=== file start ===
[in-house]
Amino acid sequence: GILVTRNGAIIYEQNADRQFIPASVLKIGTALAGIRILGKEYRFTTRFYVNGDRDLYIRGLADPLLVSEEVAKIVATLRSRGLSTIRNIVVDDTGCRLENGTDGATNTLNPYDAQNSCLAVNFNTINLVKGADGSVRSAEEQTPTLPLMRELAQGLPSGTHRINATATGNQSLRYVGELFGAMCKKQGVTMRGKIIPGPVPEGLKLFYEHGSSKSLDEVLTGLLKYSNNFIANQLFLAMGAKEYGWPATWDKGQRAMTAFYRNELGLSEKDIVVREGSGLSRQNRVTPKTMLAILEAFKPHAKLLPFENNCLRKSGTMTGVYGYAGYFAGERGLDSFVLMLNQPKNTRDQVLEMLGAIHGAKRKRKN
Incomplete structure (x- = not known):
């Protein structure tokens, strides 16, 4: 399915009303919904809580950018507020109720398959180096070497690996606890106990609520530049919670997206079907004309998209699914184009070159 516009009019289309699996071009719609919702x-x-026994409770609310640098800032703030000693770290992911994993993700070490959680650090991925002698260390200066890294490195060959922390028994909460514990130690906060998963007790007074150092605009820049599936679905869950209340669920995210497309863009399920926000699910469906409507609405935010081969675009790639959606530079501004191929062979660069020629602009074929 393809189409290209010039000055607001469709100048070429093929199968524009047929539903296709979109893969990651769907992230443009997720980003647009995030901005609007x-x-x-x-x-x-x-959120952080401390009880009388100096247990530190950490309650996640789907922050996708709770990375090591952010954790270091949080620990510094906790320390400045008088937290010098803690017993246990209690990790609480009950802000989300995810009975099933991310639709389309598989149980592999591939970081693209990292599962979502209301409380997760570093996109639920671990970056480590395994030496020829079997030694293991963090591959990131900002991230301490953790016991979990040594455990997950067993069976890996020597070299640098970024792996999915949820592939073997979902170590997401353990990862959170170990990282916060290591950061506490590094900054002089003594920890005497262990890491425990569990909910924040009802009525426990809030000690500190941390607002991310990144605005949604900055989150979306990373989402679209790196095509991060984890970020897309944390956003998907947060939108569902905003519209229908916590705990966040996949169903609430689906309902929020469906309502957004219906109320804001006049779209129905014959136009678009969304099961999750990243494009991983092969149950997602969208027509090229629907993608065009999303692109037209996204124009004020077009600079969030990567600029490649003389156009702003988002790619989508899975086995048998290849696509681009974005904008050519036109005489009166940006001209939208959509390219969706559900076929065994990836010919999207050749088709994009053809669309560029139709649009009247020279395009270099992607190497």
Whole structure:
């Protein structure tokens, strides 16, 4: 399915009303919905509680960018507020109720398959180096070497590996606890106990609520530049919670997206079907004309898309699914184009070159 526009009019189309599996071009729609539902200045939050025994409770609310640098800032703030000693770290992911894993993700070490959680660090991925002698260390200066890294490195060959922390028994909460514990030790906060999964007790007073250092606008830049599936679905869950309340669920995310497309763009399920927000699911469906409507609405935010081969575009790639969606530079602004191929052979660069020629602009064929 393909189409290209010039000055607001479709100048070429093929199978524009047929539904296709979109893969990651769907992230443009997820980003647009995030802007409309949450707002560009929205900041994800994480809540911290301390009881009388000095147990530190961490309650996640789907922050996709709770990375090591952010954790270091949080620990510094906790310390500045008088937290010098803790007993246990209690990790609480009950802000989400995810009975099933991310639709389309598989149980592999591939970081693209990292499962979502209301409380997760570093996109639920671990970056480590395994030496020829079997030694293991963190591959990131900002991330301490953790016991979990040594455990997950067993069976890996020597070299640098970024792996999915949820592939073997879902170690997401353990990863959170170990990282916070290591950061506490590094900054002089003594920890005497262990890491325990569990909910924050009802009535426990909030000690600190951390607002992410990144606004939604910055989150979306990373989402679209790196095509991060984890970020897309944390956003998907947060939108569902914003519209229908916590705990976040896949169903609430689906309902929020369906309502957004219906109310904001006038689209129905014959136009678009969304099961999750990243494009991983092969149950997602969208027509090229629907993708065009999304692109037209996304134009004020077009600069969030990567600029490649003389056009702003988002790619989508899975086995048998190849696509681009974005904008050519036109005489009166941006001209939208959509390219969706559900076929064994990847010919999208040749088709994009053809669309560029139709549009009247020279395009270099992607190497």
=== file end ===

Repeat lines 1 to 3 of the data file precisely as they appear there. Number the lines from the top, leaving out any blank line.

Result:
[in-house]
Amino acid sequence: GILVTRNGAIIYEQNADRQFIPASVLKIGTALAGIRILGKEYRFTTRFYVNGDRDLYIRGLADPLLVSEEVAKIVATLRSRGLSTIRNIVVDDTGCRLENGTDGATNTLNPYDAQNSCLAVNFNTINLVKGADGSVRSAEEQTPTLPLMRELAQGLPSGTHRINATATGNQSLRYVGELFGAMCKKQGVTMRGKIIPGPVPEGLKLFYEHGSSKSLDEVLTGLLKYSNNFIANQLFLAMGAKEYGWPATWDKGQRAMTAFYRNELGLSEKDIVVREGSGLSRQNRVTPKTMLAILEAFKPHAKLLPFENNCLRKSGTMTGVYGYAGYFAGERGLDSFVLMLNQPKNTRDQVLEMLGAIHGAKRKRKN
Incomplete structure (x- = not known):